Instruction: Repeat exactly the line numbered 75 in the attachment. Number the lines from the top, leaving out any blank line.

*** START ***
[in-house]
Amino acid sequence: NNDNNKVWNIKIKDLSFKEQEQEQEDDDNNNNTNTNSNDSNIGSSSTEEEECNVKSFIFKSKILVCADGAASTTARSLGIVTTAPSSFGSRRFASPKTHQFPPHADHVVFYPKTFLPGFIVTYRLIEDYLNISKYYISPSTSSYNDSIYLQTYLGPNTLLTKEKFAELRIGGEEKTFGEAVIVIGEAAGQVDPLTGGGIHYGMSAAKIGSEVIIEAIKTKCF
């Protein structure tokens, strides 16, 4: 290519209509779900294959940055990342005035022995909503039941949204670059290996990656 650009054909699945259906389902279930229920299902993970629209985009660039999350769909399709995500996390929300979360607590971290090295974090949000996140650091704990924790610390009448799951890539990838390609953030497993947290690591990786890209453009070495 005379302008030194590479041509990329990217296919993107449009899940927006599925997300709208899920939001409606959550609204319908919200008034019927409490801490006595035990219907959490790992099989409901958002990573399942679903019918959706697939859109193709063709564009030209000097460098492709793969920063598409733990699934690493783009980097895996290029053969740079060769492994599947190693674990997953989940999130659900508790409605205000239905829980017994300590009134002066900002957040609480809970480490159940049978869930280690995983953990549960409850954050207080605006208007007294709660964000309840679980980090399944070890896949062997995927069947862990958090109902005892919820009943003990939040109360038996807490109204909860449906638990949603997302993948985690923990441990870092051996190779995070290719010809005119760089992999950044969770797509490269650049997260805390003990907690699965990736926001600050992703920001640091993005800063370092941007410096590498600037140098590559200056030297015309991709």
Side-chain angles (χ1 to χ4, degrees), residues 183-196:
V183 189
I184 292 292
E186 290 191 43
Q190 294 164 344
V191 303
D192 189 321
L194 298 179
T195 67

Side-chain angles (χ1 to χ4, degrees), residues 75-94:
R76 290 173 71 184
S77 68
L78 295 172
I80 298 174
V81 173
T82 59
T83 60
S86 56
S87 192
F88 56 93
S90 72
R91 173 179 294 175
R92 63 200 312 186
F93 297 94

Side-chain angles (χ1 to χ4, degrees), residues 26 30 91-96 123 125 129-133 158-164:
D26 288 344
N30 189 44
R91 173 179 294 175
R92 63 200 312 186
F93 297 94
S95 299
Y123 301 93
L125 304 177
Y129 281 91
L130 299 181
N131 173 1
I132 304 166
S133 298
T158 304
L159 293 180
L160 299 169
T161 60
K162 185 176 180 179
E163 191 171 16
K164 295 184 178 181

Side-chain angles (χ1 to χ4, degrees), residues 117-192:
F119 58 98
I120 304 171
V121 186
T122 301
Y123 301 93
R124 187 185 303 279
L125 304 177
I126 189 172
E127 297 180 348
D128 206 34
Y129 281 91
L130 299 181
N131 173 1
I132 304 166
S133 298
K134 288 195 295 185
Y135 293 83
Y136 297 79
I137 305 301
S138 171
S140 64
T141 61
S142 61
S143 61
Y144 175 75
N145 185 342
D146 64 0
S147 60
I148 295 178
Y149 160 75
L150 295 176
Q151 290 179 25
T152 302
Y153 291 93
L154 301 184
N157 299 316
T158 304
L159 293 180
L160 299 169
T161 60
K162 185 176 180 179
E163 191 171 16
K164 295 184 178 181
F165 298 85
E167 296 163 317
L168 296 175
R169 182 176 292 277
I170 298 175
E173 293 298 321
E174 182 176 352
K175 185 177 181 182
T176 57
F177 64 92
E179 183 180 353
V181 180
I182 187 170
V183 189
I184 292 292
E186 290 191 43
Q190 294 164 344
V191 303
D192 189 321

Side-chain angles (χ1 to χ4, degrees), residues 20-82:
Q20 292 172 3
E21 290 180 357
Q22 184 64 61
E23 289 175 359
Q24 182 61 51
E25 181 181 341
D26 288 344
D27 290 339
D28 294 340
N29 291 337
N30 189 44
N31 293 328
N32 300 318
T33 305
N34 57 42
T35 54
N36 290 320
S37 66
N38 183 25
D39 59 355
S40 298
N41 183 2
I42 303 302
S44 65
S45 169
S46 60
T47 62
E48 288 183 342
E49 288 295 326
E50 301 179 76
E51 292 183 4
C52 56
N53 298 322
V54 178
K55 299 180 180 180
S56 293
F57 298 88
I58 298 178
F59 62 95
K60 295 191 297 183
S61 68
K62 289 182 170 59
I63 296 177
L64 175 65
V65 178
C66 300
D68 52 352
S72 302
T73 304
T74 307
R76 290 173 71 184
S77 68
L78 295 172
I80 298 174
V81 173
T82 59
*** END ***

N145 185 342